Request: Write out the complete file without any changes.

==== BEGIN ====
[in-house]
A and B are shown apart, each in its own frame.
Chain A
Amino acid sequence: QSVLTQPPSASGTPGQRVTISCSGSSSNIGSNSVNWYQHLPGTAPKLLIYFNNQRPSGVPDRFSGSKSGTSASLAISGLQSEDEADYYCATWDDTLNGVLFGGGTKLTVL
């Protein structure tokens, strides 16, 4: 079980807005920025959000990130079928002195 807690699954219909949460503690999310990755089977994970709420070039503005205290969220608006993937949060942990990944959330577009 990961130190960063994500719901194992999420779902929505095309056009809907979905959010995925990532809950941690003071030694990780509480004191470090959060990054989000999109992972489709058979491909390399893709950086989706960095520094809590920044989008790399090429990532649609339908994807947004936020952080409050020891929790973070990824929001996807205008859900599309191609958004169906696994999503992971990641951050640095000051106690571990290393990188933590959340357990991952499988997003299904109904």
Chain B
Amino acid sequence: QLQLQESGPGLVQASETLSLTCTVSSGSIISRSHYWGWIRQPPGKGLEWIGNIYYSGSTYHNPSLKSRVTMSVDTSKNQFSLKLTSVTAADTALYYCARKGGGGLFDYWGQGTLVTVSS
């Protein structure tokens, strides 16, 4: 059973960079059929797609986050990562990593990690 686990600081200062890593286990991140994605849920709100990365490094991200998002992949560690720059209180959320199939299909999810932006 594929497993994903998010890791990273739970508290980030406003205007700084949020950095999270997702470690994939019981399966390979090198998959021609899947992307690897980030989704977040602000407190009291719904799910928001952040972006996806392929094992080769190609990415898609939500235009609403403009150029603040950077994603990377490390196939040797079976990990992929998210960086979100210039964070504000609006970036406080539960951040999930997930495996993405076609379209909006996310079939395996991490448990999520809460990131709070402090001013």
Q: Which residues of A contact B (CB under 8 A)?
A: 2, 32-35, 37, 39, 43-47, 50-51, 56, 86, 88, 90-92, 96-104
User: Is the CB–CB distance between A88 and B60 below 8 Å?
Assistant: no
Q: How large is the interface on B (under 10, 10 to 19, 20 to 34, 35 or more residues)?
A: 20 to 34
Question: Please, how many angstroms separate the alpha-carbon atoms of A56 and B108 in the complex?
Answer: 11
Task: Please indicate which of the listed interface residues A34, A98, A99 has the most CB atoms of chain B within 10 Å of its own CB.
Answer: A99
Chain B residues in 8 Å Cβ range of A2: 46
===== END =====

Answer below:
[in-house]
A and B are shown apart, each in its own frame.
Chain A
Amino acid sequence: QSVLTQPPSASGTPGQRVTISCSGSSSNIGSNSVNWYQHLPGTAPKLLIYFNNQRPSGVPDRFSGSKSGTSASLAISGLQSEDEADYYCATWDDTLNGVLFGGGTKLTVL
């Protein structure tokens, strides 16, 4: 079980807005920025959000990130079928002195 807690699954219909949460503690999310990755089977994970709420070039503005205290969220608006993937949060942990990944959330577009 990961130190960063994500719901194992999420779902929505095309056009809907979905959010995925990532809950941690003071030694990780509480004191470090959060990054989000999109992972489709058979491909390399893709950086989706960095520094809590920044989008790399090429990532649609339908994807947004936020952080409050020891929790973070990824929001996807205008859900599309191609958004169906696994999503992971990641951050640095000051106690571990290393990188933590959340357990991952499988997003299904109904």
Chain B
Amino acid sequence: QLQLQESGPGLVQASETLSLTCTVSSGSIISRSHYWGWIRQPPGKGLEWIGNIYYSGSTYHNPSLKSRVTMSVDTSKNQFSLKLTSVTAADTALYYCARKGGGGLFDYWGQGTLVTVSS
């Protein structure tokens, strides 16, 4: 059973960079059929797609986050990562990593990690 686990600081200062890593286990991140994605849920709100990365490094991200998002992949560690720059209180959320199939299909999810932006 594929497993994903998010890791990273739970508290980030406003205007700084949020950095999270997702470690994939019981399966390979090198998959021609899947992307690897980030989704977040602000407190009291719904799910928001952040972006996806392929094992080769190609990415898609939500235009609403403009150029603040950077994603990377490390196939040797079976990990992929998210960086979100210039964070504000609006970036406080539960951040999930997930495996993405076609379209909006996310079939395996991490448990999520809460990131709070402090001013």
Q: Which residues of A contact B (CB under 8 A)?
A: 2, 32-35, 37, 39, 43-47, 50-51, 56, 86, 88, 90-92, 96-104
User: Is the CB–CB distance between A88 and B60 below 8 Å?
Assistant: no
Q: How large is the interface on B (under 10, 10 to 19, 20 to 34, 35 or more residues)?
A: 20 to 34
Question: Please, how many angstroms separate the alpha-carbon atoms of A56 and B108 in the complex?
Answer: 11
Task: Please indicate which of the listed interface residues A34, A98, A99 has the most CB atoms of chain B within 10 Å of its own CB.
Answer: A99
Chain B residues in 8 Å Cβ range of A2: 46